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Biden Should Signal to the Fed It’s Okay to Raise Rates Next Year

By Nick Sargen
Economics
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With President Biden reappointing Jerome Powell to a second term as Fed chair and making Lael Brainard vice chair, he will have an opportunity to meet them privately. So why would I suggest President Biden should do what no other U.S. president has done and indicate he is on board for the Fed to raise rates in an election year?

To be sure, throughout the Fed’s history, the opposite tact has been more common: Lyndon Johnson, Richard Nixon, and more recently Donald Trump all jawboned the Fed to keep interest rates low to support the economy and their re-election prospects. The prime exception is Ronald Reagan. He inherited double-digit inflation and did not stand in the way of short-term interest rates reaching 20% during Paul Volcker’s tenure as Fed chair.

I base my argument on both economic and political considerations.  

First, the U.S. economy is well on the way to a full recovery from the COVID-19 pandemic. The Federal Reserve’s latest projections call for GDP growth to be in the vicinity of 6% this year and 4% next year. The Fed also expects the unemployment rate, which has fallen to 4.6% in October from a peak of 15% last year, to decline below 4% next year, or nearly back to where it was before the pandemic.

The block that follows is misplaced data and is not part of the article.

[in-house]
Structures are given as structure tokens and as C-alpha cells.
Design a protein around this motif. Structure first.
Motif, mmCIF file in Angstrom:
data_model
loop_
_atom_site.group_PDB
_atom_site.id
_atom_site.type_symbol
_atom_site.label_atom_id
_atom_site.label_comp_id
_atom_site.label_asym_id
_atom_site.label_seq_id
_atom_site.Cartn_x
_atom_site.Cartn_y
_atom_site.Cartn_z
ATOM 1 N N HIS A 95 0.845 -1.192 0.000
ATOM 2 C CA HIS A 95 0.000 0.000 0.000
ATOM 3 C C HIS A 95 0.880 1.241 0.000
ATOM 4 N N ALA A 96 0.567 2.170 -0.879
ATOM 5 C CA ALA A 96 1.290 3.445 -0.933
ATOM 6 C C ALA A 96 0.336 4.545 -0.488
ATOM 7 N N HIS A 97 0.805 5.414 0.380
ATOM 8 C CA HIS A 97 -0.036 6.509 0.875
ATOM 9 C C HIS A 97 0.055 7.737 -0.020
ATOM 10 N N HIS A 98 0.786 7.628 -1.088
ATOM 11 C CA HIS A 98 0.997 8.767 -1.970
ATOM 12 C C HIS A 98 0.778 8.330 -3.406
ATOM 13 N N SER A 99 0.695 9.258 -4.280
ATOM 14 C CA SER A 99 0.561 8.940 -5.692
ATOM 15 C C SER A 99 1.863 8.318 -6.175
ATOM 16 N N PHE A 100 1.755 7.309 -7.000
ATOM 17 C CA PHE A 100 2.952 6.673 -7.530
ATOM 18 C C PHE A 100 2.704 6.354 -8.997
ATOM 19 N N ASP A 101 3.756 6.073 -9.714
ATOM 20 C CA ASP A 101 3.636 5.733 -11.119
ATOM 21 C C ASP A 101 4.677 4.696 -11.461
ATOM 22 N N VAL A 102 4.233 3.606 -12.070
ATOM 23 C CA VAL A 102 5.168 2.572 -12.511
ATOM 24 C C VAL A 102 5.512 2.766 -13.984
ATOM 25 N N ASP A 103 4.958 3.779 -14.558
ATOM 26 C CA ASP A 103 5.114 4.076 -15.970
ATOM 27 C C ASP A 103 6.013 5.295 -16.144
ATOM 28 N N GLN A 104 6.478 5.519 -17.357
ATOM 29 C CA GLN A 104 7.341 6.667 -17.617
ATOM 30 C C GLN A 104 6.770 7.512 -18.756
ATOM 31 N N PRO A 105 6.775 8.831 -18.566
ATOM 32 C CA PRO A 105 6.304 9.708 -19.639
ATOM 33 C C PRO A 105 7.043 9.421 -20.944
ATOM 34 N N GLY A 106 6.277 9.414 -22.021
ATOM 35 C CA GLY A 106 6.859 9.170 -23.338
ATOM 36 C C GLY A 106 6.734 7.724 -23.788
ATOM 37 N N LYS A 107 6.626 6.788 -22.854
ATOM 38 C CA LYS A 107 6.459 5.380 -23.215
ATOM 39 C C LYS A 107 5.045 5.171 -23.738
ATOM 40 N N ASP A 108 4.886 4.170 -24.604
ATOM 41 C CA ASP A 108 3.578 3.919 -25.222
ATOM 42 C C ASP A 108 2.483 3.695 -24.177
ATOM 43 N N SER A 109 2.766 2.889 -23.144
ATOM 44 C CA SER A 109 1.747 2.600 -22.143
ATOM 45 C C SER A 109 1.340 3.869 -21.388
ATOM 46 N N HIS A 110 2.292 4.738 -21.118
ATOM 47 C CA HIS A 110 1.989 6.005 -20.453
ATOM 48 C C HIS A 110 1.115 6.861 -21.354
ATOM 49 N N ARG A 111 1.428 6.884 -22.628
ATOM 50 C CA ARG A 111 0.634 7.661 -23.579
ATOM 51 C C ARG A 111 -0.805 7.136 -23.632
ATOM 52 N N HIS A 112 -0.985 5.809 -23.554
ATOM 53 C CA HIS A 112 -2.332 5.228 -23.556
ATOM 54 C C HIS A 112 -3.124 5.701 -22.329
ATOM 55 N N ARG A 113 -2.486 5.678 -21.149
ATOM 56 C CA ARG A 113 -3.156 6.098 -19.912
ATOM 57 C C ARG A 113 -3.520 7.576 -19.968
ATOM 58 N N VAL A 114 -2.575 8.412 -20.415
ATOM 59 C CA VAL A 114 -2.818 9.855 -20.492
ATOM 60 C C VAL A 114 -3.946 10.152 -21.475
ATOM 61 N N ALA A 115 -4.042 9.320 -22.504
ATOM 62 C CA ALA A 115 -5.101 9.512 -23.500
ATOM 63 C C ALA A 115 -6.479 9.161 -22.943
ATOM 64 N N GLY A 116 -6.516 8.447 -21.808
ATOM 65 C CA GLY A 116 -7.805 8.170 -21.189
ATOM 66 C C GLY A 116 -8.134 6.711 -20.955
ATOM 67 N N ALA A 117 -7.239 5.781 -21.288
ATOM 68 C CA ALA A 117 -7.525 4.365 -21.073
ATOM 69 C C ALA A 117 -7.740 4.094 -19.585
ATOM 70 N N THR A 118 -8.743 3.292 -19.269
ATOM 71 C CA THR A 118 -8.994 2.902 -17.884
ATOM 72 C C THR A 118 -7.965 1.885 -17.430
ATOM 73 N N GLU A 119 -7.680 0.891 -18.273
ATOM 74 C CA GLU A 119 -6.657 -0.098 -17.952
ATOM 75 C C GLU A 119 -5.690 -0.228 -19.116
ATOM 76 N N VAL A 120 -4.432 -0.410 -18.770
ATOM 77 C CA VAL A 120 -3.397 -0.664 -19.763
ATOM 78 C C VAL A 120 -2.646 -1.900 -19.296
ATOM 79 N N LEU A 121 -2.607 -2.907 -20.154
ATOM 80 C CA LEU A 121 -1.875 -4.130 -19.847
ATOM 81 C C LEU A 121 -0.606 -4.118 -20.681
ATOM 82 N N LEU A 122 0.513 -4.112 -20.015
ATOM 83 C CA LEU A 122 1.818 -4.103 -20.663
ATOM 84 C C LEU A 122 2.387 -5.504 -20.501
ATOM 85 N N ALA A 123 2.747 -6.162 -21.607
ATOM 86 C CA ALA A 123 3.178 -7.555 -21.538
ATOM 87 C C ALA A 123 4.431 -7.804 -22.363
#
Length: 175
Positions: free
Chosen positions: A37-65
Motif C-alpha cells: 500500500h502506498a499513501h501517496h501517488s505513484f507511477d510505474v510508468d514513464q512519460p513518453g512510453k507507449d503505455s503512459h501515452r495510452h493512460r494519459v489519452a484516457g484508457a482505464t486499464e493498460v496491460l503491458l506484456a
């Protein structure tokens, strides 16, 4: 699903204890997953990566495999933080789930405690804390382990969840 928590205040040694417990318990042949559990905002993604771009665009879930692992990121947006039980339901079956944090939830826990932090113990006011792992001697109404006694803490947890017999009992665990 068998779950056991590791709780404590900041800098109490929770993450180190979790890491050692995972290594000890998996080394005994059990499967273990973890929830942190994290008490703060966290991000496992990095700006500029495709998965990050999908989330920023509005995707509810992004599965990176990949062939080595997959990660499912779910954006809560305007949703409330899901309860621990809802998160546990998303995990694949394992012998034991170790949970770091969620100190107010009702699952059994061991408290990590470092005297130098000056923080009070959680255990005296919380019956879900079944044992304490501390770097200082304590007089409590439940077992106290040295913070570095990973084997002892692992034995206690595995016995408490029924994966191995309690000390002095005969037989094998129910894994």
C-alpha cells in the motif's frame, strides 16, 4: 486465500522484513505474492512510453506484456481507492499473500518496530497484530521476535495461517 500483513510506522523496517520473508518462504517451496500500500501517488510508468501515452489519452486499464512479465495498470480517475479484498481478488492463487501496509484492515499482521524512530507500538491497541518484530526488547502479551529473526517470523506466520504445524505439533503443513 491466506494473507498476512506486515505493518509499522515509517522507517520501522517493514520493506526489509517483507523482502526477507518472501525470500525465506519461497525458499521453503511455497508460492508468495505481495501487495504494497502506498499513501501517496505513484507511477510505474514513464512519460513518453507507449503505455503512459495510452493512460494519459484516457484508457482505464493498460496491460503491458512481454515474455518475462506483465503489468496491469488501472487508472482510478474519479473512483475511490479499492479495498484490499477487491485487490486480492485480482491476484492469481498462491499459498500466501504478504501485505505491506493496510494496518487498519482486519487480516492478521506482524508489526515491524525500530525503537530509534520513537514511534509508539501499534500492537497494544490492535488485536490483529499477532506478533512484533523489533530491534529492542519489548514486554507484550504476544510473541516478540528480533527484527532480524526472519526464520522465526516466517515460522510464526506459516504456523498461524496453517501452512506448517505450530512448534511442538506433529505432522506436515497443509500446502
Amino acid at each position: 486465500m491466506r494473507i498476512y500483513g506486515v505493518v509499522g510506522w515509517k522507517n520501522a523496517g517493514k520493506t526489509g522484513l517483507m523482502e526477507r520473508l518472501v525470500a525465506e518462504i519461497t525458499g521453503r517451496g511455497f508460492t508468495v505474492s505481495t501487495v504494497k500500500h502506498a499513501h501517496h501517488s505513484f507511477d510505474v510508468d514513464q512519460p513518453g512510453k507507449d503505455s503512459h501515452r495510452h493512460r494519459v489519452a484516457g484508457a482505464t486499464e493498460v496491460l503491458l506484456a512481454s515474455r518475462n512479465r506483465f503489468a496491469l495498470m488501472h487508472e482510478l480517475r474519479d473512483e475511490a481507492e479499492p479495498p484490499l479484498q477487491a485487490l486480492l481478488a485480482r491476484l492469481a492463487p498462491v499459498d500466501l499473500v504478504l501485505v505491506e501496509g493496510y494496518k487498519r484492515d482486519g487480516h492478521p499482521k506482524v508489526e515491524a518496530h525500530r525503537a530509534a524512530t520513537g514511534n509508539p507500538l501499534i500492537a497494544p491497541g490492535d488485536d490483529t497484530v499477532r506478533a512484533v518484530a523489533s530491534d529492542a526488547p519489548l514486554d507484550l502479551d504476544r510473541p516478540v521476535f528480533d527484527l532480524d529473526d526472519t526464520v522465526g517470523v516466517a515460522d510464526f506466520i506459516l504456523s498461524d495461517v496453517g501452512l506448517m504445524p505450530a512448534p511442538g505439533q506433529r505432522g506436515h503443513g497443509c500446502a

Second, inflation has far exceeded the expectations of the Federal Reserve and many Americans. CPI inflation in October reached a 31-year high of 6.2% and 4.6% ex food and energy, and the Fed has upped its estimate of core inflation this year to 3.7% from 3.0%. 

Labor market tightness is also evident in record job openings and quit rates, as well as increases in unit labor costs. While wage pressures have been greatest for lower-paying jobs, they may be spreading to large corporations. For example, the recent strike settlement for John Deere workers granted employees 10% pay bumps, bonuses of $8,500, and increased retirement benefits.

Third, this outcome is not only the result of supply-chain disruptions from the pandemic that have contributed to a temporary spike in inflation. It is also the result of highly expansionary policies.

According to Jason Furman, chair of the Council of Economic Advisors for the Obama administration, “the oversized and poorly designed $2.7 trillion fiscal relief packages” passed in December and March boosted aggregate demand when the economy already was experiencing a strong recovery. They gave individuals checks from the federal government of $2,000 each when many households had not fully spent the prior transfers they received.

In addition, the Federal Reserve’s accommodative monetary policy stance has contributed to lower long-term rates, higher stock prices, and other financial market changes that bolstered the economy. Furman maintains the easy financial market conditions have been the equivalent of more than a one percentage point cut in the federal-funds rate since the election in November 2020.